With labor shortages taking place throughout the nation in most industries, Vermont’s nursing sector will look to incentivize the hiring of new nurses in an effort to fill the gap in services.
A new report called the “Health Care Workforce Development Strategic Plan” calls for increased investments in programs meant to make nursing positions look more attractive, such as tax incentives and housing incentives. On Wednesday, the plan was presented to the Green Mountain Care Board.
“A coalition of Vermont associations representing home health and hospice, physicians and other clinicians, dentists, mental health providers, long term care facilities, adult day centers, and hospitals expressed support for the Scott Administration’s proposals to strengthen Vermont’s vital health care workforce and help address our state’s workforce shortage,” their press release reads.
Jill Mazza Olson from the VNAs of Vermont said, “On behalf of our organizations, we want to thank the Administration and lawmakers for their work to address this crisis. We need immediate and comprehensive action to ensure that enough providers are available to give Vermonters the right care in the right place at the right time.”
Even before the coronavirus, Vermont was in need of about 5,000 more nurses during 2020, the report notes.
The release notes those who have been forced into quarantine for positive COVID-19 tests have added strain to the system.
“These conditions contribute to a vicious circle where understaffing leads to increased burnout and an even weaker health care workforce,” it states.
There is a wide range of benefits proposed to improve employment for nurses in Vermont, including loan forgiveness, scholarships, child care, housing support, and tax incentives.
“Vermont’s high cost of living and lack of affordable housing and access to child care is commonly cited as significant barriers for workers,” the report states.
Devon Green from the Vermont Association of Hospitals and Health Systems added, “When we do not have caregivers for long-term care facilities, patients stay in the hospital. In turn, that bed is not available to the person needing trauma services. When a person cannot find a primary care provider or dentist, they end up in the emergency department causing further strain.”
Laura Pelosi from the Vermont Health Care Association said, “This is a national problem, Vermont will need to take bold action now to compete with other states.”
Around the nation, some political observers are suggesting the shortages could be related to vaccine mandates.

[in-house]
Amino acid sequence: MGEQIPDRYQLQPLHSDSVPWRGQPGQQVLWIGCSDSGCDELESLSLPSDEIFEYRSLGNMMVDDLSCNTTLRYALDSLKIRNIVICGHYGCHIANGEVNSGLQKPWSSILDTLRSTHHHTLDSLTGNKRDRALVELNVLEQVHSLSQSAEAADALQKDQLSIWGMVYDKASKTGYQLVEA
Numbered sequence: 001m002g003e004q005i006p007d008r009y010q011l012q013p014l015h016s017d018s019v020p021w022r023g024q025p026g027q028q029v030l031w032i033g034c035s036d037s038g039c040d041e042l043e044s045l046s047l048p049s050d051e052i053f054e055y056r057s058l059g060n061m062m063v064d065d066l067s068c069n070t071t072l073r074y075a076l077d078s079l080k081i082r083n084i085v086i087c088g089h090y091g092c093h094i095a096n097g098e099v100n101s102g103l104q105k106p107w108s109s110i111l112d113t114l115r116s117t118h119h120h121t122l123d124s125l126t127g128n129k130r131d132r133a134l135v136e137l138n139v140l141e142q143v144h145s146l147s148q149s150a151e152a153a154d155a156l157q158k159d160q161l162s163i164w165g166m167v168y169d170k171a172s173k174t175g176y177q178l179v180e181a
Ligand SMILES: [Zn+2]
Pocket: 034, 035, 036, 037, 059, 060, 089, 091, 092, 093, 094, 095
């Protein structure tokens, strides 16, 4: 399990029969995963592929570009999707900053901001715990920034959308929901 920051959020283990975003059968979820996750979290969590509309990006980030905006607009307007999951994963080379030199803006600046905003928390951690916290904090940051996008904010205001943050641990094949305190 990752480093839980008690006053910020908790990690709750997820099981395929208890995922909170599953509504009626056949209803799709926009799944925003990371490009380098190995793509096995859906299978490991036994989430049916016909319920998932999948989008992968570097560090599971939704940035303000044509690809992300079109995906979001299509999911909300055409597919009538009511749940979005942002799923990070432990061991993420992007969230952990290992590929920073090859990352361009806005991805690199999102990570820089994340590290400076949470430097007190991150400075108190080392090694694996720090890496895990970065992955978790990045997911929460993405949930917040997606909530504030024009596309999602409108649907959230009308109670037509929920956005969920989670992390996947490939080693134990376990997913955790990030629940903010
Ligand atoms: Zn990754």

One emergency nurse who was fired for refusing vaccination in Virginia told a news station that his hospital was mischaracterizing the nurse shortage. He insists that vaccine mandates are playing a substantial role in agitating the situation.
“There are beds closed and they are saying they are at capacity but it’s not because there are not enough beds, it’s not because of the patient load, it’s because of the workforce load,” Brad McDowell from Warren Memorial Hospital in Virginia told LifesiteNews.com.
McDowell also said that the virus itself was being mischaracterized to the public.
“The narrative that we’re being told didn’t really line up with reality,” he said. “Most people of working age aren’t at a risk, they are not of a big risk category for contracting it. As much as people always say well do your part for humanity. I say well I have a family, and what good am I to my family if I get injured by the vaccine?”
The vaccine requirements for nurses in Vermont varies some at each hospital. At least five hospitals, as of August, were requiring nurses to take a COVID-19 vaccine as a condition of employment.
CenterSquare.com put out a report about nursing shortages in California.
“The recent federal mandate requires health care workers at Medicare- and Medicaid-funded hospitals to take the COVID-19 vaccines or the facilities where they work would lose federal funding,” the report states. “The order has resulted in nurses and medical staff nationwide saying they would instead retire or sue. Major health care unions have also said they will sue, arguing the order violates the very federal law used to issue the vaccines to begin with.”
The full text of the report on Vermont nursing shortages can be read here.